5 p.m. – The manager of the McDonald’s on New London Turnpike told police that the restaurant received a counterfeit $20 bill for a food order. The manager tested the bill by using a counterfeit bill detector marker, and it revealed that the $20 bill was fake. The manager said she’d approached the customer about the bill and the customer, a woman, seemed surprised and ran out. The manager reported to police that the woman drove off in a silver car with Connecticut license plates.

9:43 p.m. – Police arrested an East Greenwich man, 32, for a Superior Court bench warrant after police were called to the man’s home on a report of a disturbance. When police arrived, they heard two people arguing loudly. The man answered the door; routine checks turned up the warrant. He was taken into custody and taken to the station for processing. Unable to come up with cash bill, he was transported to the ACI in Cranston.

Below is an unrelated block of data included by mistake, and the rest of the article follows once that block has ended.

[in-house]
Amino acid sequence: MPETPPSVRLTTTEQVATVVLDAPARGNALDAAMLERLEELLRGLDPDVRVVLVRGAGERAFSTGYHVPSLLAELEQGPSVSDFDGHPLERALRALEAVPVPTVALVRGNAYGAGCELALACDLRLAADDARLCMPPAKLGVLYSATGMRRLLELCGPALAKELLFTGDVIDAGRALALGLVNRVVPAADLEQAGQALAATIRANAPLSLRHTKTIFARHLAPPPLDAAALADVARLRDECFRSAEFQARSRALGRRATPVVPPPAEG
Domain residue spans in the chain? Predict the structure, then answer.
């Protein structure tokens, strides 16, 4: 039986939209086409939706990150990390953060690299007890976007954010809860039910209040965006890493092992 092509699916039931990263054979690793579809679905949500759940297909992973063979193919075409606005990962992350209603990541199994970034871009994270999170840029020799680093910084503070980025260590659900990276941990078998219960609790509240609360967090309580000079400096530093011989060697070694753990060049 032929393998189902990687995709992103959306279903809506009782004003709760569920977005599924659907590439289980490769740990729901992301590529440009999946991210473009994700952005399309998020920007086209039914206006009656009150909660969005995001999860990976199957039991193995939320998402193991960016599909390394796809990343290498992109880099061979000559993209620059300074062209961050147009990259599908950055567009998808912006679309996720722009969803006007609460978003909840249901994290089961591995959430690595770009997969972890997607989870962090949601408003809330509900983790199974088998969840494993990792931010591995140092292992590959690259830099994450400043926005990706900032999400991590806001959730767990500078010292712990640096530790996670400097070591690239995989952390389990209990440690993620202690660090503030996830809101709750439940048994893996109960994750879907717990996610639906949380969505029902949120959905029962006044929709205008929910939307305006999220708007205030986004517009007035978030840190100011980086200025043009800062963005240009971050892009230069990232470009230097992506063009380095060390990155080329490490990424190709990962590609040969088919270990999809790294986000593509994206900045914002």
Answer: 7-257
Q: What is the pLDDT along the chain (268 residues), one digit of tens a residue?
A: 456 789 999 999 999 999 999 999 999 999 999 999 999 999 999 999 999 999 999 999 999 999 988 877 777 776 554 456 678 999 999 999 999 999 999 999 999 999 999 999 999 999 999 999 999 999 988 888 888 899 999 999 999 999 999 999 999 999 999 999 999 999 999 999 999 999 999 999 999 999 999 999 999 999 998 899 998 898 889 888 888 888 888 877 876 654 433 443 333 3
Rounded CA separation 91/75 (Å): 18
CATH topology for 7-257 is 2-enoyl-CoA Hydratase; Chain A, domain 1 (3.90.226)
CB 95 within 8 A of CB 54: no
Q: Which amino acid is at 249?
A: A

Saturday, March. 24

7:30 a.m. – Police cited a North Kingstown man, 40, for driving a car with a suspended registration after they noticed his expired inspection sticker. The car was towed; police seized the plates.




 

Corrigan Argues for 56-Hour Work Week; Interim Chief Says He’s ‘Not a Fan’

Town Manager Gayle Corrigan presents her report to the Town Council April 9, 2018.

By Elizabeth F. McNamara

Interim Fire Chief Kevin Robinson said during the Town Council meeting – after being asked by a resident during public comment – that he was “not a fan” of the 24-hour shifts required under Town Manager Gayle Corrigan’s proposed restructuring plan.